Many radios are dubbed ‘kitchen radios’ solely for the reason that this is the room they end up getting most of their use in. Roberts has gone the whole hog and designed a radio specifically for kitchen use. The first thing to note about the RDK-2 is that not only is it designed for the kitchen from a functionality perspective, …
Egg timer flaws....
.."only 99 minutes" - seriously, how long do you guys boil eggs for??
mines the cheffy apron..
@ac - egg timer flaws
Ostrich eggs take about 2 hours, so it'd be crap for that...
I want one
why are DAB radios so expensive?
It's new technology innit? Or that's what the gen public see it as.
Still riddled with reception problems and coverage issues.
Welcome to Blighty (no longer dear old).
...if you've got pelmets.
An analogue radio is essentially a few transistors and maybe a simple IC or two thrown together with the odd resistor and capacitor as glue. A DAB radio is to all intents and purposes a miniature computer bolted on to a conventional tuner, and whilst they are still a bit over-priced, it will pretty much inevitably always be a bit more expensive than its analogue counterpart.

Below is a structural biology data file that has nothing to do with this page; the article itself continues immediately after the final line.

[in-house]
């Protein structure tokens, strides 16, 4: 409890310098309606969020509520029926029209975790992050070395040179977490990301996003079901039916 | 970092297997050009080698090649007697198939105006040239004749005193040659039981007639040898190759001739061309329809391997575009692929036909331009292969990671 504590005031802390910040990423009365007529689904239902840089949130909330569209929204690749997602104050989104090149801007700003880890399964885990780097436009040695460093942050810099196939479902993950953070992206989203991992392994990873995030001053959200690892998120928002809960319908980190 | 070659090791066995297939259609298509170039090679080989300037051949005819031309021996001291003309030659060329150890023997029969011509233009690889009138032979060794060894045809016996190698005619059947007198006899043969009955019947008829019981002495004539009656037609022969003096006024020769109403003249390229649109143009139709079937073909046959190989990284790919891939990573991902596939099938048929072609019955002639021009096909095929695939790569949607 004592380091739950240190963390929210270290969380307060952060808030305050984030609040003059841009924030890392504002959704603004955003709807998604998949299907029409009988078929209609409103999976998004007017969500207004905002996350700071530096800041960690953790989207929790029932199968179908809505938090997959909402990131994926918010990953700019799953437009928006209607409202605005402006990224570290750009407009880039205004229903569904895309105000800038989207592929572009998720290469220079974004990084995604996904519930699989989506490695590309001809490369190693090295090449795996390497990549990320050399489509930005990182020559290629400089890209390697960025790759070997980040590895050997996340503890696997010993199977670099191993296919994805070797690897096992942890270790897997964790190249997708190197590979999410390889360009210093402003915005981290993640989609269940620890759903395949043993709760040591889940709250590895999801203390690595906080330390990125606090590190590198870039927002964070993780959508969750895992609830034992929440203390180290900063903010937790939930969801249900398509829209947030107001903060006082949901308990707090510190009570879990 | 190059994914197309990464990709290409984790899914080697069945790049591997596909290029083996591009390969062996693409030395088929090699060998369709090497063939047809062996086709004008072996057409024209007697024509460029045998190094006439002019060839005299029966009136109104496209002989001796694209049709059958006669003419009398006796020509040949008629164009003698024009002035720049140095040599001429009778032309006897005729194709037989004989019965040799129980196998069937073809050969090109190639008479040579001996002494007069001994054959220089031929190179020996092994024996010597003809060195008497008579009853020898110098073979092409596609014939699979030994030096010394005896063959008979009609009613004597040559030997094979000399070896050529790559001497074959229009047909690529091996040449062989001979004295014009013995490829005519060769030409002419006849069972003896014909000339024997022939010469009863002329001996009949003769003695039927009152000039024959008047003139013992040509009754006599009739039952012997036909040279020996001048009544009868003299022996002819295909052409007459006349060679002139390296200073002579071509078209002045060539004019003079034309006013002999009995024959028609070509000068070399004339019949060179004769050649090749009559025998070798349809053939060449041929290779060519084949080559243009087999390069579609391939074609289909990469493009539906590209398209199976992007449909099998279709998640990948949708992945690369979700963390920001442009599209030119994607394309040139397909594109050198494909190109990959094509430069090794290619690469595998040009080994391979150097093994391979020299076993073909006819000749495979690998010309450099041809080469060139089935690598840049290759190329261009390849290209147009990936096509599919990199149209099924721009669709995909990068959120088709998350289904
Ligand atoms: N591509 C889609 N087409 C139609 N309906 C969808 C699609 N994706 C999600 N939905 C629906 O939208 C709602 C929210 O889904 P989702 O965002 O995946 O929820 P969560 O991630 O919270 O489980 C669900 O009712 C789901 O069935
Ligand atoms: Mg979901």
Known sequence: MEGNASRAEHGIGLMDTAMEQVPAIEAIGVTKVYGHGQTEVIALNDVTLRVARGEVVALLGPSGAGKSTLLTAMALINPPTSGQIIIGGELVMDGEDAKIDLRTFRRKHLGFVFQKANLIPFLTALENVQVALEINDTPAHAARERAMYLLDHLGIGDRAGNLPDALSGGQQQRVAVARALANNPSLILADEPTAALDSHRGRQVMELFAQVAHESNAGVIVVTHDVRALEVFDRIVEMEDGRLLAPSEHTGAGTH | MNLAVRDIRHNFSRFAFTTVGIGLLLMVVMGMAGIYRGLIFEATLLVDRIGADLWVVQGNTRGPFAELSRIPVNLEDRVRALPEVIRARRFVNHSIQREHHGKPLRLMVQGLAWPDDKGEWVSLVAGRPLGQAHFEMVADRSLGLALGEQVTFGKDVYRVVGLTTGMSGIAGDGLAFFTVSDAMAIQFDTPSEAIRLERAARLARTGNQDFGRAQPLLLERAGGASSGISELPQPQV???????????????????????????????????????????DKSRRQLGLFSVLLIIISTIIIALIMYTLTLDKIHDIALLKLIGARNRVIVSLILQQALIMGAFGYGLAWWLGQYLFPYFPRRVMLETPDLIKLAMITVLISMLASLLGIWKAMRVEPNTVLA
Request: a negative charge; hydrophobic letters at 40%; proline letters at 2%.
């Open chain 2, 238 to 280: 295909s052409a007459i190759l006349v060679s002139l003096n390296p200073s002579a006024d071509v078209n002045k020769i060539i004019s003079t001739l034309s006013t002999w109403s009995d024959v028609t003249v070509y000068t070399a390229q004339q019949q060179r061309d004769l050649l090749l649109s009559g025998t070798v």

Mind you, Roberts radios of any flavour don't tend to come cheap, so a lot's in the name. For affordable and stylish DABs, look to Intempo and the like. Rather like with "real" computers, you'll find there's actually only a very small number of people manufacturing the innards, and you may even end up with pretty much exactly the same radio in a different and more affordable case.
Lidl are selling a kitchen radio for a tenner.
Not DAB but who cares.
How much for shipping from Malta then?!
And that's before considering the crappy euro exchange rates.
LOL. You really are a git AC. You will find them in your local store along with other brand quality items which are cheaper.
To answer you other questions, delivery to/from Europe should cost around £6.85.
The current exchange rate British Pound to Euro is 1=1.07218 (from xe.com)